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On Changing Direction: What FW De Klerk Taught Me About Leadership

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I had the opportunity to spend time with South Africa's ex President and Nobel Peace Prize laureate FW De Klerk in 2010 to talk about leadership. He told me that successful leaders know how to read the winds of change and know when to change course. Importantly, leaders know failure when they see it and acknowledge that "failure cannot be improved". When that happens, transformational change is the only viable option.

I must admit that as a student of leadership, I always had great admiration for Nelson Mandela, for his moral compass and his focus on reconciliation, non racial bias and multiculturalism as the only possible ways for peace. In my ignorance, FW had been an actor in a supporting role to the great protagonist, Mandela. My preparation for our meetings gave me a more comprehensive view of FW and his role in history. Mandela's long journey to freedom will probably be the most remembered chapter in this story but I believe that FW's ability to lead and change course at a critical historical moment was instrumental for South Africa's peaceful transition.

In February 1990, FW dramatically altered the course of history in a surprising 30 minute speech that stunned the world. In his first speech as president, the man who Mandela described as "trapped in apartheid" dismantled the system in one clean sweep. The death penalty was suspended; political prisoners were freed; all political parties, including the African National Congress (ANC) and the Communist party were allowed; trade unions were authorized and he promised the formulation of a new constitution anchored in the principles of full democracy and total representation. He also freed Mandela. He ended with an invitation for all to "walk through the open doors and take your place at the negotiating table". That speech was the launch of the peace platform that was carried through by the commitment and hard work of both Mandela and FW. It ended apartheid; developed the framework for a democratic South Africa and made Mandela president.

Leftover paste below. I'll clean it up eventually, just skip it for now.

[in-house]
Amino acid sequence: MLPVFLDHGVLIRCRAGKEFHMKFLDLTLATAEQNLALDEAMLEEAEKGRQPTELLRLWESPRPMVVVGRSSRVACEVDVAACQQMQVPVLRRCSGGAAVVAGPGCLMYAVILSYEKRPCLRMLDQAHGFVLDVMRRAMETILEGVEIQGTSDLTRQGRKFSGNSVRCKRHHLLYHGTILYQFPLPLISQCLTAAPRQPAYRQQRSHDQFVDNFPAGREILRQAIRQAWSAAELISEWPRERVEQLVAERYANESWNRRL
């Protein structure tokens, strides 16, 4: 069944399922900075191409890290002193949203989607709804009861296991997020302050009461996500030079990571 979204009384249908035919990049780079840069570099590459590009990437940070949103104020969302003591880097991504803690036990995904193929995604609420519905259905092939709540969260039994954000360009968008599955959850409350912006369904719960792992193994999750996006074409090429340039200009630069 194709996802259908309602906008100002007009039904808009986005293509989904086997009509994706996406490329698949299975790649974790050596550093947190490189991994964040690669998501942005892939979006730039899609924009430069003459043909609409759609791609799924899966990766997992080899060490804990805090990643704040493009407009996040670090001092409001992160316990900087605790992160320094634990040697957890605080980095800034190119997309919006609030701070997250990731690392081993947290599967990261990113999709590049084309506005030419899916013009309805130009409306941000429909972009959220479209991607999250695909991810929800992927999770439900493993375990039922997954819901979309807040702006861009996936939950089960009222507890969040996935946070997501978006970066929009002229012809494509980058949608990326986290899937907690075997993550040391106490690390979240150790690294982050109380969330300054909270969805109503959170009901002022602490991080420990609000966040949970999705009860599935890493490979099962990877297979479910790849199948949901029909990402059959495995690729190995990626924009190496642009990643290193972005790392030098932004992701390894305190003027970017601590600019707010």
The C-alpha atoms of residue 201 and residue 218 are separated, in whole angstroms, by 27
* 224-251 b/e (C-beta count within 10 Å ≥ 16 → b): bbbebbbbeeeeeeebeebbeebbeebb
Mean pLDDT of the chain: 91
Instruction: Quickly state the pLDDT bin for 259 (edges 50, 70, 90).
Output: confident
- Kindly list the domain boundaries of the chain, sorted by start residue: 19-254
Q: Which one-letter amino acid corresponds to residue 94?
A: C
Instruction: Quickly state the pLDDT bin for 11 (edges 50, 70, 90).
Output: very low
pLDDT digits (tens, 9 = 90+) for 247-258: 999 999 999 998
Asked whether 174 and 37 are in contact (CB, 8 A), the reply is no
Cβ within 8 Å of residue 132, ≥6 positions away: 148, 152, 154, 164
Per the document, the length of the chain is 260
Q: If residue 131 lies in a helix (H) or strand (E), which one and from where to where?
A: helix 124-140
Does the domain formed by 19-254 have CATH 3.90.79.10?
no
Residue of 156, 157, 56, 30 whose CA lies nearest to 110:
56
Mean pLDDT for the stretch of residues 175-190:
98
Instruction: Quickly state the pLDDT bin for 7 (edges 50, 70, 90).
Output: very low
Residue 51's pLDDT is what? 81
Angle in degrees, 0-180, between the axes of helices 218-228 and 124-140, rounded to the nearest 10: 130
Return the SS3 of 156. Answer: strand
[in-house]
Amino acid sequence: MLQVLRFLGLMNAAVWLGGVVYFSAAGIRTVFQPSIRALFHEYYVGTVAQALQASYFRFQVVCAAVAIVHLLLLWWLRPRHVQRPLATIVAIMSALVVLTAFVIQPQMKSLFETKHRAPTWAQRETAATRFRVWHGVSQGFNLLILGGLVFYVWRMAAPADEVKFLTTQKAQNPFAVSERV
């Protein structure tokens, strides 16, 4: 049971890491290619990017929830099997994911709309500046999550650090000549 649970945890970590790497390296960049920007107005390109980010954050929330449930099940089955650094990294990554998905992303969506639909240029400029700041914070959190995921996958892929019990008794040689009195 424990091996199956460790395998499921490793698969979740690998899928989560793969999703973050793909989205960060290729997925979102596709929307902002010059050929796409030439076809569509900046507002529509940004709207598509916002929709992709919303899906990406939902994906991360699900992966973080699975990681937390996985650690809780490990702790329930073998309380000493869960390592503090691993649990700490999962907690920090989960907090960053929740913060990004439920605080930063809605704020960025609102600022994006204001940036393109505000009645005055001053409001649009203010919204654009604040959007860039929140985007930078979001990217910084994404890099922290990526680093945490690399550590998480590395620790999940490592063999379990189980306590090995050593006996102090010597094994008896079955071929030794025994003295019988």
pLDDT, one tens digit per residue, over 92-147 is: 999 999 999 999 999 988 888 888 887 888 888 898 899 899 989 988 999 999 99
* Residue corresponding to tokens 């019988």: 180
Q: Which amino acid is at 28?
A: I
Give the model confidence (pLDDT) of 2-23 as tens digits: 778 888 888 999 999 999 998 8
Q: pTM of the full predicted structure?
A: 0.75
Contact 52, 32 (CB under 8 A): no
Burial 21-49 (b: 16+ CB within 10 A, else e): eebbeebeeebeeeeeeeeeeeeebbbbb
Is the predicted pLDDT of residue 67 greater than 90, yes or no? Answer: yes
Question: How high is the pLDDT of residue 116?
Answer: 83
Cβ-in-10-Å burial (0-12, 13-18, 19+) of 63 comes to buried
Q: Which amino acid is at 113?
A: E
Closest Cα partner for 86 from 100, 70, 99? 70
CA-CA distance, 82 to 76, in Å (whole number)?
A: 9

For his countrymen and the world this moment was a scene out of a movie, unexpected and uplifting. The fact that it came from FW was almost unbelievable. FW was, after all, a tried and true Afrikaner from a distinguished political family that made its name during the Boers Wars fighting against the British Empire. He was a self proclaimed conservative and was never a member of the enlightened or accommodating to blacks group of the National Party.

Yet he dared to assume his role in history and he did it alone. Only a few of his closest associates knew what he was about to do that day. Even his wife was kept in the dark until the morning of his speech. What does it take for a man to be able to renounce his ways and to put his reputation on the line? The tangible possibility of progress.

In his youth FW felt that a separate state solution would provide blacks with the opportunity to determine "their own life in their own state". But he had to abandon that idea in the late 80's, when he realized that the white minority would have never allowed a fair and equitable distribution of the land. Without it there was no moral foundation for the separate states solution and without moral foundations, principles cannot exist.

Other factors affected his thinking. Violence, civil unrest and disobedience were rampant; the human and economic cost of maintaining security was escalating and the international embargo continued to place a burden on the economy. He also recognized that the country was headed towards a full blown civil war that would destroy millions of lives and could never be won. His trigger for immediate change, though, was the collapse of the Soviet Union in late 1989. With that, one of the most critical obstacles to full democracy was removed: the historical fear of a soviet takeover among the white population.

"When history opens a window of opportunity, it is important that we jump through it. We knew that the circumstances for a reasonable settlement would never again be so favorable." With his speech, FW opened the door to a long negotiation process that ended with Mandela's presidency in 1994. FW retired from politics in 1997 after serving as deputy president to Mandela. He left power mistrusted by both the black majority and the Afrikaners; the former because all his actions and reactions were judged through the prism of his past and the Afrikaners because they felt betrayed by the principles, process and timing of full democratic rule. Today, eighteen years later, FW lives at peace with himself, his role in history and dedicates his time to promoting reconciliation initiatives in multicultural environments.

FW's process exemplifies the concept of "Fluid Intelligence": the ability to understand trends, analyze options and change course when required. A lot has been said about a leader's ability to stay true to core principles. FW De Klerk's history shows that integrity also means changing direction when those principles are no longer valid and that having evolving views are prerequisite for progress.